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Huck Finn History

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Although Huck's age does not change drastically in the novel, through his experiences and encounters, he matures and forms his own opinions. Kids tend to be followers for the pure reason of it being the easiest way, however, Huck discovers that following is not always the right way and he proves this knowledge through is actions. Huck's size and looks may not change much but in this short sum of time the novel is written, his maturity is quiet noticeable. In order to realize many of these changes within Huck it is important to consider the setting of the book.

The story took place before the Civil War, which was when there were still many slaves and the majority of whites in southern places were racist. When Huck's life leads him to encounter a colored man named Jim, it teaches him how to build his own character. Jim worked as a servant for Miss Watson (one of the women who took Huck in to live with them). Jim also had a family there, but when threatened to be separated and sold away from them, he goes against the law and runs away. As Huck is hiding trying to keep the whole town thinking he had been killed, he comes upon Jim in the woods. Huck was raised and taught that run-away slaves must be turned in and punished, and not returning them would send him to hell instead of heaven. However, knowing who Jim was and also knowing the reason he ran away, Huck goes against what others would have done and what he was raised to do and decides not to rat Jim out. This is one of Huck's actions that show he uses his own opinions and knowledge of Jim to lead him in his own decision making. Many of Huck's quotes are also examples of how he treats Jim differently and allows himself form his own opinion for him.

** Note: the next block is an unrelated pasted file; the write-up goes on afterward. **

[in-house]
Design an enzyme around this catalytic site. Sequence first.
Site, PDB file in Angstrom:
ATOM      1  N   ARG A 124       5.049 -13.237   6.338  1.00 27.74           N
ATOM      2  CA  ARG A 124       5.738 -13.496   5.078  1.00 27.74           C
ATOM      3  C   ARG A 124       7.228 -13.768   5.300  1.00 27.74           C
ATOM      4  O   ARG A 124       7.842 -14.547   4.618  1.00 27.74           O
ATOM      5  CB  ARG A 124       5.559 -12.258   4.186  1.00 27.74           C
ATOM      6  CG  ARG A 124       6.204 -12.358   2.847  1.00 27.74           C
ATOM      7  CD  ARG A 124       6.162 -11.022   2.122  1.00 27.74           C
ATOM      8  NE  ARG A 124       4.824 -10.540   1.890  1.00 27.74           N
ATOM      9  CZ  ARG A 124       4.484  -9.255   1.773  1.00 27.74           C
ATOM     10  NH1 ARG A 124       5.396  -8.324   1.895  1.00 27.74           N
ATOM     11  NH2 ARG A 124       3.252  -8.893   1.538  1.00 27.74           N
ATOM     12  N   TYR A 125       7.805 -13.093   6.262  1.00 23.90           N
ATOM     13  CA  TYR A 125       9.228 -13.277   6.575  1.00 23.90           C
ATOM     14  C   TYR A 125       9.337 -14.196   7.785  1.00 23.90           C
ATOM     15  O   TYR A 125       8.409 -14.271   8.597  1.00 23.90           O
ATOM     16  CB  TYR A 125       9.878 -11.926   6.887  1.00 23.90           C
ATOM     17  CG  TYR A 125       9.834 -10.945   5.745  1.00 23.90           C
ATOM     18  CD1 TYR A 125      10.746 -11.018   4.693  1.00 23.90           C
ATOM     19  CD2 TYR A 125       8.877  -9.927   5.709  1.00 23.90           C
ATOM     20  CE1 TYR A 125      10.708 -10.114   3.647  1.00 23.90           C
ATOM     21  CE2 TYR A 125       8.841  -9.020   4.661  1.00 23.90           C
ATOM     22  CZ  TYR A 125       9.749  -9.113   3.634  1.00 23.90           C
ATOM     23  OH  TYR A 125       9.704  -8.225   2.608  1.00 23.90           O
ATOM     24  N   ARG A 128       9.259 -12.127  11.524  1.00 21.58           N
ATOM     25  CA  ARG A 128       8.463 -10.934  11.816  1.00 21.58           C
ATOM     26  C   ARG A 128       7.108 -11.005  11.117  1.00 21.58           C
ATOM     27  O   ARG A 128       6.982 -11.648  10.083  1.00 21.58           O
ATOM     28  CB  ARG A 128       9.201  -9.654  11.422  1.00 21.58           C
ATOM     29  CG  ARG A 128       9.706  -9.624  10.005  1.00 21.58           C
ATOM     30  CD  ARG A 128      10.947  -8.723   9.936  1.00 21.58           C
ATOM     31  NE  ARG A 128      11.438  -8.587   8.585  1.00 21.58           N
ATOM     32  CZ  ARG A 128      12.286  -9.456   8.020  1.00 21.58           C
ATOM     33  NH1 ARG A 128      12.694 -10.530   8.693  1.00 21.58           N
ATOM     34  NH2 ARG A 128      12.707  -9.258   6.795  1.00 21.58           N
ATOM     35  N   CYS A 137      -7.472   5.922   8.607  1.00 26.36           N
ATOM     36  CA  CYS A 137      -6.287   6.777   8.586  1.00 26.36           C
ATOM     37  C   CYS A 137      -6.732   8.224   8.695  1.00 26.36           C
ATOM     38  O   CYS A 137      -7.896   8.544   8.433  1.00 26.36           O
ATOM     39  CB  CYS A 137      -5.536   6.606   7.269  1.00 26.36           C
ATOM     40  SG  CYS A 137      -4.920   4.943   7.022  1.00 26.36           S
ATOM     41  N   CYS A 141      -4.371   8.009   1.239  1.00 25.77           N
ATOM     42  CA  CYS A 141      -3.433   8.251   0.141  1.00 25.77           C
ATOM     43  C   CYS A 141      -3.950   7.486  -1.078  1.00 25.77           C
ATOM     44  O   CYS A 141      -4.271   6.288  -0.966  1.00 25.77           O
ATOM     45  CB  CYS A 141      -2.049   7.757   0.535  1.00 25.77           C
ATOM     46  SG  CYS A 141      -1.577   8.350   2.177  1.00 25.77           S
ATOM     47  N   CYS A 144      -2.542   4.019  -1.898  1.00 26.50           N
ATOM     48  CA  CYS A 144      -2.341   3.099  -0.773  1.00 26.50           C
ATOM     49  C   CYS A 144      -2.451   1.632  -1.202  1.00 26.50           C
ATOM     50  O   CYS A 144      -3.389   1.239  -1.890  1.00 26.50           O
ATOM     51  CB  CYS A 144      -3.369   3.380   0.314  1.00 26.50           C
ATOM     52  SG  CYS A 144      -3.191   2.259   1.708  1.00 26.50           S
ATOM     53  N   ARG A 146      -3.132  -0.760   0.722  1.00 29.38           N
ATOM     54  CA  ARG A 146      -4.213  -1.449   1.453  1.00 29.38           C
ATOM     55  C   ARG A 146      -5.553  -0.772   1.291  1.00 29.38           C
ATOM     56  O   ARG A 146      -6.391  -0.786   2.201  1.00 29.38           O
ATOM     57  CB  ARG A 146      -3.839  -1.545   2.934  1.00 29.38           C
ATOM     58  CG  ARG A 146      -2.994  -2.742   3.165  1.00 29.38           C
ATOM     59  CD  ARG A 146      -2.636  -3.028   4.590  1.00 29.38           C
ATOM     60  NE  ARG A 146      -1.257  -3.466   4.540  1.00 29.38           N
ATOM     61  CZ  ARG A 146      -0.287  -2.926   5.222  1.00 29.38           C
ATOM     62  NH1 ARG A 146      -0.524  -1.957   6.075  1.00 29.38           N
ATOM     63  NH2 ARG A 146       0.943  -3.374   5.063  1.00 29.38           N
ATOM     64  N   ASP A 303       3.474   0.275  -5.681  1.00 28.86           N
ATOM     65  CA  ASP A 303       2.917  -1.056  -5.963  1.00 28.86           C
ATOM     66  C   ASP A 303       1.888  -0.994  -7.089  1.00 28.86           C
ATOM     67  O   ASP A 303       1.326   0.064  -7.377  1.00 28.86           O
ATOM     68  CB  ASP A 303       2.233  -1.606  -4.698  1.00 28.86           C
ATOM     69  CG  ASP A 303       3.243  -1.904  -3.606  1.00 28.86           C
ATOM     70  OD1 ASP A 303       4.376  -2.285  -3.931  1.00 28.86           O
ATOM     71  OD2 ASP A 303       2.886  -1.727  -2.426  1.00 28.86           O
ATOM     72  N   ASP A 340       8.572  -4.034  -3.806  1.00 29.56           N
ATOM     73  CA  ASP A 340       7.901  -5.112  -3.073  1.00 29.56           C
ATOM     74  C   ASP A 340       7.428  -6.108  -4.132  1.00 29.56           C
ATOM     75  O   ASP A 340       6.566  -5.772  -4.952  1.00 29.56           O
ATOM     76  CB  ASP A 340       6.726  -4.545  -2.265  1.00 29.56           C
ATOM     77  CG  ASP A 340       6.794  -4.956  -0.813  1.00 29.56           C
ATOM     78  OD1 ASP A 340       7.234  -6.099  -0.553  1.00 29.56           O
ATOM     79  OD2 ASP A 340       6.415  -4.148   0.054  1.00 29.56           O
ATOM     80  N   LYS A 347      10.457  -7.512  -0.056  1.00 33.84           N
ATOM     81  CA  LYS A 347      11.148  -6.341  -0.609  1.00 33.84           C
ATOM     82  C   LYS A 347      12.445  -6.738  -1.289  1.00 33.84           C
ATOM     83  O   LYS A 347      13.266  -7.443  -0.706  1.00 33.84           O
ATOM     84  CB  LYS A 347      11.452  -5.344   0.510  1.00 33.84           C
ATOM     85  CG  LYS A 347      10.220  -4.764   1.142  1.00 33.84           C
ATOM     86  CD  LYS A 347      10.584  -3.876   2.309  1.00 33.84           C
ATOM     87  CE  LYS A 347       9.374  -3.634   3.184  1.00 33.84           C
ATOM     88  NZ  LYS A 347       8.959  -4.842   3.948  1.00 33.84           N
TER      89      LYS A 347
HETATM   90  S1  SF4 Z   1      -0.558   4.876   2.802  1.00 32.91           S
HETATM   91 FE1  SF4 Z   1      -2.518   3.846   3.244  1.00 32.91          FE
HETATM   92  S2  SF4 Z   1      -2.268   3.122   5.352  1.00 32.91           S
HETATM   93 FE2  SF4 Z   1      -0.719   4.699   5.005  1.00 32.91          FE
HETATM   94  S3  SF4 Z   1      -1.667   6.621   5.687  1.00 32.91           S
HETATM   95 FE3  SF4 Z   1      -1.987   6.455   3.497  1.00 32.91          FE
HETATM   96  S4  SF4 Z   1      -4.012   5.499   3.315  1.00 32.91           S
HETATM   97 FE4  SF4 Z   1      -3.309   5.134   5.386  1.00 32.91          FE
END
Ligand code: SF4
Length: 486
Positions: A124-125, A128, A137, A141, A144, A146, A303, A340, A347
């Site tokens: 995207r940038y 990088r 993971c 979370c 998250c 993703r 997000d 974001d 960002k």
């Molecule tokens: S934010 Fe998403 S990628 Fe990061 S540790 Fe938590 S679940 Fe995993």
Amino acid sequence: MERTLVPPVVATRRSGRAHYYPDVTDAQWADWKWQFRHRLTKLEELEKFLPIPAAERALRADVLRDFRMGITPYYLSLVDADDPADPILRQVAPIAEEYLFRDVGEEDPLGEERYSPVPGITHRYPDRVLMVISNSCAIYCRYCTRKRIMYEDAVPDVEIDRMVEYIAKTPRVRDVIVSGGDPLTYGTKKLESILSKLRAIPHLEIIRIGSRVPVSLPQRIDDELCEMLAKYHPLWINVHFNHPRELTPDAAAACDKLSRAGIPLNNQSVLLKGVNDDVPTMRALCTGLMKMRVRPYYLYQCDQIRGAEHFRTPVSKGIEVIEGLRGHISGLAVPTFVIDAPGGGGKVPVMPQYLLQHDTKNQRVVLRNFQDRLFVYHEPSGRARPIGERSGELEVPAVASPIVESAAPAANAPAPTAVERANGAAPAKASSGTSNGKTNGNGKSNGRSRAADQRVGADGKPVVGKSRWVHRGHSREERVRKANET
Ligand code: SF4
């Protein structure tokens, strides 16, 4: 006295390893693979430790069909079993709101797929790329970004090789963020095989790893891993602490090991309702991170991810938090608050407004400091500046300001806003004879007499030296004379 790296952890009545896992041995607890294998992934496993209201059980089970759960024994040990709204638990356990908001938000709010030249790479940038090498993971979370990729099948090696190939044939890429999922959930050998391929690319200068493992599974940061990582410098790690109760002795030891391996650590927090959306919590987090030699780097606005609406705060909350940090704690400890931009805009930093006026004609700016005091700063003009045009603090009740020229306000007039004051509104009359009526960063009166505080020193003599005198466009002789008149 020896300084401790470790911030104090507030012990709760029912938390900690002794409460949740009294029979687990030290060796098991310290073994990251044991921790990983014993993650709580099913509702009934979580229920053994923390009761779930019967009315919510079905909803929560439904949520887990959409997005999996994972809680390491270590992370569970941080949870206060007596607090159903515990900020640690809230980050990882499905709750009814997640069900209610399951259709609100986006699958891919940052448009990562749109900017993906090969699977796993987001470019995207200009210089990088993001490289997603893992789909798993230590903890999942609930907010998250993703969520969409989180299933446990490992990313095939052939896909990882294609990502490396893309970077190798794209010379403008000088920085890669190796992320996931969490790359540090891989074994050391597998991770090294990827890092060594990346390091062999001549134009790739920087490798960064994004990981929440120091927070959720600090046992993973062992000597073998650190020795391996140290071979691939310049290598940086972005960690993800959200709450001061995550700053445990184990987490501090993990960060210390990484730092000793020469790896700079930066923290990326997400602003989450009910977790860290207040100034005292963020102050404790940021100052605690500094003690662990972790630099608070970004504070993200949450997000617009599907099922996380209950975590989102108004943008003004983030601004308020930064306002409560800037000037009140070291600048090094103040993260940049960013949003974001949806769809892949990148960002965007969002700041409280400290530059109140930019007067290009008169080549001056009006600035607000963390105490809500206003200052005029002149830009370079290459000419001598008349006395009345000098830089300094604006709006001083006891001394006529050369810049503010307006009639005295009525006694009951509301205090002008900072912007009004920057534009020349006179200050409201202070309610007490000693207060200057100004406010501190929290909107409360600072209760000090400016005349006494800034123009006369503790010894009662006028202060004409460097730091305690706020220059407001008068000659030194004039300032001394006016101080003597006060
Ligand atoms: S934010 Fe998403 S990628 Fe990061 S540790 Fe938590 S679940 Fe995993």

"We catched fish and talked, and we took a swim now and then to keep off sleepiness. It was kind of solemn, drifting down the big, still river, laying on our backs looking up at the stars,

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and we didn't ever feel like talking loud, and it warn't often that we laughed-only a little kind of a low chuckle. We had mighty good weather as a general thing, and nothing ever happened to us at all-that night, nor the next, nor the next." This quote found in Chapter 12 reveals that Huck is able to be around Jim and act as if he were around any other person. The fact that Huck is able to do this exposes the idea that Jim as well as all other colored people are not any different and that they should not be treated any different. "I do believe he cared just as much for his people as white folks does for their'n." This quote from Huck is his own realization that Jim cares for his family just like white people care for theirs. As Huck and Jim are trying to survive with each other Huck learns more and more about Jim and it all contributes to his maturity as a person. Jim talks about his family and how he misses them all and Huck is able to



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